This is a remarkably well written book (with regards to structure, not necessarily language). Many management/business books are written so dry, with anecdotal examples or pages of statistics and studies... this book starts with a fictional account of someone creating a team and working on the 5 eponymous dysfunctions. The story is painfully simplistic, but there is no way to include every facet of a problem (or more than a handful of problems).
After the instructive "fable,", the book then lists out each dysfunction, what happens or what a team looks like when a team is functional or dysfunctional with regards to that specific trait, what a team member can do to help, and how the team leader can help.
It's nice that the book discusses, in detail, each of the five problem areas and how people in different functions can work on it.
Some of the book is common sense, but then again, common sense isn't as common as it should be, and people could all use a primer on things they may not be seeing.
Unfortunately, I think the book is not suited to every type of team. The team best suited to this type of system/suggestions in the book would have to be middle-management and above (therefore better for an upper management that is managing people with a little more drive and maybe more intellectual). I say this because it feels like it needs the team members to be more intellectually inclined than a middle-manager's (possibly) entry level minions, and it also assumes that the manager has a pretty substantial amount of power (with regards to promotion/demotion/firing) that you don't necessarily see a lot of.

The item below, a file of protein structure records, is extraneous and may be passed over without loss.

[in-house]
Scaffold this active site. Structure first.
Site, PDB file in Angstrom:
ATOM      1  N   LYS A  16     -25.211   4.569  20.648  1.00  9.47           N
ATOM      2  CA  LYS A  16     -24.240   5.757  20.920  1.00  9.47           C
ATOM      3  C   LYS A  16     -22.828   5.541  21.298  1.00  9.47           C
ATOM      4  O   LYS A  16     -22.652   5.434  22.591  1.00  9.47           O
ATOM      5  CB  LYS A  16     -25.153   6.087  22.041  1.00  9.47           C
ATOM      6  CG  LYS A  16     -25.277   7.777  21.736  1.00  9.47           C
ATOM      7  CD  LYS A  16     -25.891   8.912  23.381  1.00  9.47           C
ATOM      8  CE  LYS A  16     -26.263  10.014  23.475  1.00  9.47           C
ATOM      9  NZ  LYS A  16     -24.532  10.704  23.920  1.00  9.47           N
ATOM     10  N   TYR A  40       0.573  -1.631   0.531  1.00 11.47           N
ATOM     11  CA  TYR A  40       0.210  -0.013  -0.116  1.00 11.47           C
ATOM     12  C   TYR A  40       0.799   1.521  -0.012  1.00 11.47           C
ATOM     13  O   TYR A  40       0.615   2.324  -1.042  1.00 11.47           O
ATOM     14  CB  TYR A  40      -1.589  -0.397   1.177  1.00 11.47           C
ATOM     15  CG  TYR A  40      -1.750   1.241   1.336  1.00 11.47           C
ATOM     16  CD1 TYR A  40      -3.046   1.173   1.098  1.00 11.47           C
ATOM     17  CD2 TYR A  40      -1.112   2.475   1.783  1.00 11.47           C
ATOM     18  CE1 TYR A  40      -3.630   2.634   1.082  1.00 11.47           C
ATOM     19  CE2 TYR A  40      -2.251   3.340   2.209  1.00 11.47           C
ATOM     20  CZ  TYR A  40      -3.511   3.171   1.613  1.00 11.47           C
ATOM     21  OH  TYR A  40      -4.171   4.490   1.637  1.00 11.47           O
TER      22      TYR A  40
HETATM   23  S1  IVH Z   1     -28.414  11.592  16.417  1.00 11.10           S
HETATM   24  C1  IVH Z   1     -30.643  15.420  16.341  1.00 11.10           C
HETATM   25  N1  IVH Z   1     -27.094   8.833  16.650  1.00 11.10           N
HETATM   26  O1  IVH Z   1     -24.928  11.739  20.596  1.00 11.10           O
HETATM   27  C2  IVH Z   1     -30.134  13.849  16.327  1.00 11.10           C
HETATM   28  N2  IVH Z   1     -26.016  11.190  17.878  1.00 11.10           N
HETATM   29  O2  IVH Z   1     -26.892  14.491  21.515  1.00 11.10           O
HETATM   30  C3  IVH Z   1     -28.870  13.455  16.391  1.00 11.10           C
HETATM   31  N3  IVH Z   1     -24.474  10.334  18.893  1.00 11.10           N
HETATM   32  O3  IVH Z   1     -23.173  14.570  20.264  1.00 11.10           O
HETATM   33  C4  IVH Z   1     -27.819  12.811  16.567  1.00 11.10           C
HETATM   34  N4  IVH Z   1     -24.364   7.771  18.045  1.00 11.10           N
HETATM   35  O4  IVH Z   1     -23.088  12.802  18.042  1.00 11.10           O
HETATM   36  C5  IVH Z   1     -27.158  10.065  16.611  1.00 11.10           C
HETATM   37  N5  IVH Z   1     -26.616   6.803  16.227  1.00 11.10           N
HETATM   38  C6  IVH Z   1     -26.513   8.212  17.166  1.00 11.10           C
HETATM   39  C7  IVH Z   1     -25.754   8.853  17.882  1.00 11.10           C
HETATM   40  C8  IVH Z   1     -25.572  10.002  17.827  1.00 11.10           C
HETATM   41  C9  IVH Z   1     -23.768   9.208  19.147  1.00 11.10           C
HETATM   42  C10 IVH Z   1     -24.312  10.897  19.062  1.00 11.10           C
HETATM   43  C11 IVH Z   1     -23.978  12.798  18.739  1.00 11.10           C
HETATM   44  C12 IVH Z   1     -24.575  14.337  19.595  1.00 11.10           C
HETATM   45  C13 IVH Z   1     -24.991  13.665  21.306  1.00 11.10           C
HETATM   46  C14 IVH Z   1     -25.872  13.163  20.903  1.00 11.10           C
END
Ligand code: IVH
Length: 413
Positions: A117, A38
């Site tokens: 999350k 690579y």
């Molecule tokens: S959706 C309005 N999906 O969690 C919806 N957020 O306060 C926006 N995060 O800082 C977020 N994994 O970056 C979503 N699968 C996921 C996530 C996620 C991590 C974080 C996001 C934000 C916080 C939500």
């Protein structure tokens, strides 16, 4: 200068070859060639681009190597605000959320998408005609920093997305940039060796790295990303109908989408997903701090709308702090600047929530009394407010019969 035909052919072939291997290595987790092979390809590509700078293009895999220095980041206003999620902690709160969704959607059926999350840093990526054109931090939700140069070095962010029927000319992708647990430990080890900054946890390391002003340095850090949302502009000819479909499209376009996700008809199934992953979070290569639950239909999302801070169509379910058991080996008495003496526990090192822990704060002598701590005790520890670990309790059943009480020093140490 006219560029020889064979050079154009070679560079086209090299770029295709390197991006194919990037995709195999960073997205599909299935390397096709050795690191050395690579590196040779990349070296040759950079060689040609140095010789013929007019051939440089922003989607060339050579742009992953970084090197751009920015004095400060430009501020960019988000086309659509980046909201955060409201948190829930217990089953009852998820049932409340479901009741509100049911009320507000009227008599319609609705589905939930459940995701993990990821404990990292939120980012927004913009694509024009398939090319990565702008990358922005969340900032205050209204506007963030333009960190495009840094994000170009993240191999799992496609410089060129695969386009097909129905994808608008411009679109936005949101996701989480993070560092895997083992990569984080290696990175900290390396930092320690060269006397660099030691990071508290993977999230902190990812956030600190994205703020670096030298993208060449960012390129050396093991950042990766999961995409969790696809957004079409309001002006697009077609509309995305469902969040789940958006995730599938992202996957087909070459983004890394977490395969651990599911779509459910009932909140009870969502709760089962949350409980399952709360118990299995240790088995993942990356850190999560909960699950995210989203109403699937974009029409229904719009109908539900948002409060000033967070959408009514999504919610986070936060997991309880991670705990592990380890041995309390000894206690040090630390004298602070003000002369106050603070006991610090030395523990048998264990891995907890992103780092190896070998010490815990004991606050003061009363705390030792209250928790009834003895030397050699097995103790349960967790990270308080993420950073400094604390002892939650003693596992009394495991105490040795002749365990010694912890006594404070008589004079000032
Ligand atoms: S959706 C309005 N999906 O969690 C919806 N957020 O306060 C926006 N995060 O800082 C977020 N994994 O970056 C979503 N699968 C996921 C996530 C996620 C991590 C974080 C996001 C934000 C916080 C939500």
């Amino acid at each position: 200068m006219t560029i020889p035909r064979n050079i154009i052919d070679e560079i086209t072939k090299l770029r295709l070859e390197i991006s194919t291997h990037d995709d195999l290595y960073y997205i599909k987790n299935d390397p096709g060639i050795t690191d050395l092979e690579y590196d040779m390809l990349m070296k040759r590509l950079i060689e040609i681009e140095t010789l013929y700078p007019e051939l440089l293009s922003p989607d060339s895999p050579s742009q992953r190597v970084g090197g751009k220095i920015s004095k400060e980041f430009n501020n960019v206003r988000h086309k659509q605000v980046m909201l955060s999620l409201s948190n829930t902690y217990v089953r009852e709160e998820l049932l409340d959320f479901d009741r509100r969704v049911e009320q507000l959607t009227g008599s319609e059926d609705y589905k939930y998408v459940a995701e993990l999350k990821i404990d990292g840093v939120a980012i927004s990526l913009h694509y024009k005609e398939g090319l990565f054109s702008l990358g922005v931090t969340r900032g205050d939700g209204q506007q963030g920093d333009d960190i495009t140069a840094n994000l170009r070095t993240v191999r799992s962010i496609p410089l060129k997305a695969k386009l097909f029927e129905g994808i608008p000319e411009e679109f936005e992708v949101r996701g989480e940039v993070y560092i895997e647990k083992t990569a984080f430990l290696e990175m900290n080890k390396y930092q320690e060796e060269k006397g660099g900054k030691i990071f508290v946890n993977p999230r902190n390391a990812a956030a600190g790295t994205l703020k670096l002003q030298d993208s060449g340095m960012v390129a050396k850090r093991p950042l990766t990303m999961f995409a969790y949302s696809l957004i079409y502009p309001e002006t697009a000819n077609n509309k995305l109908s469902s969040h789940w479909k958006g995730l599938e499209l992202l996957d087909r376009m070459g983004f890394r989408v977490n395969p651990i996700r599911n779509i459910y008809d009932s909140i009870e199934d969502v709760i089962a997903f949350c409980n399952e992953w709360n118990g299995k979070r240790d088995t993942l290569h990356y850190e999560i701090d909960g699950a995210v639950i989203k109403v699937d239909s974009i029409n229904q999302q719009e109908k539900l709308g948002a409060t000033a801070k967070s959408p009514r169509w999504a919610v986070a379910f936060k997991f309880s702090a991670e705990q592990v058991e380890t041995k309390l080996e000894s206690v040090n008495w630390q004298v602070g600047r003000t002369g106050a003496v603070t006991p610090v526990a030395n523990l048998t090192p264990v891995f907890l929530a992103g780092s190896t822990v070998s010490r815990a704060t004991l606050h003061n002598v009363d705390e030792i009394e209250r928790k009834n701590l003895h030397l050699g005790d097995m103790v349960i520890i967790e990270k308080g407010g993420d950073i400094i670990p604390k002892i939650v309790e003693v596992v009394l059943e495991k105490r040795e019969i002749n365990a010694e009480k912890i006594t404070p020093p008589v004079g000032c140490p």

With all of that in mind, I can see why it is that the HR trainer I have taken classes with recommends this book, and this book is not a total waste of time (which is a better standing than I can give most management books I've read).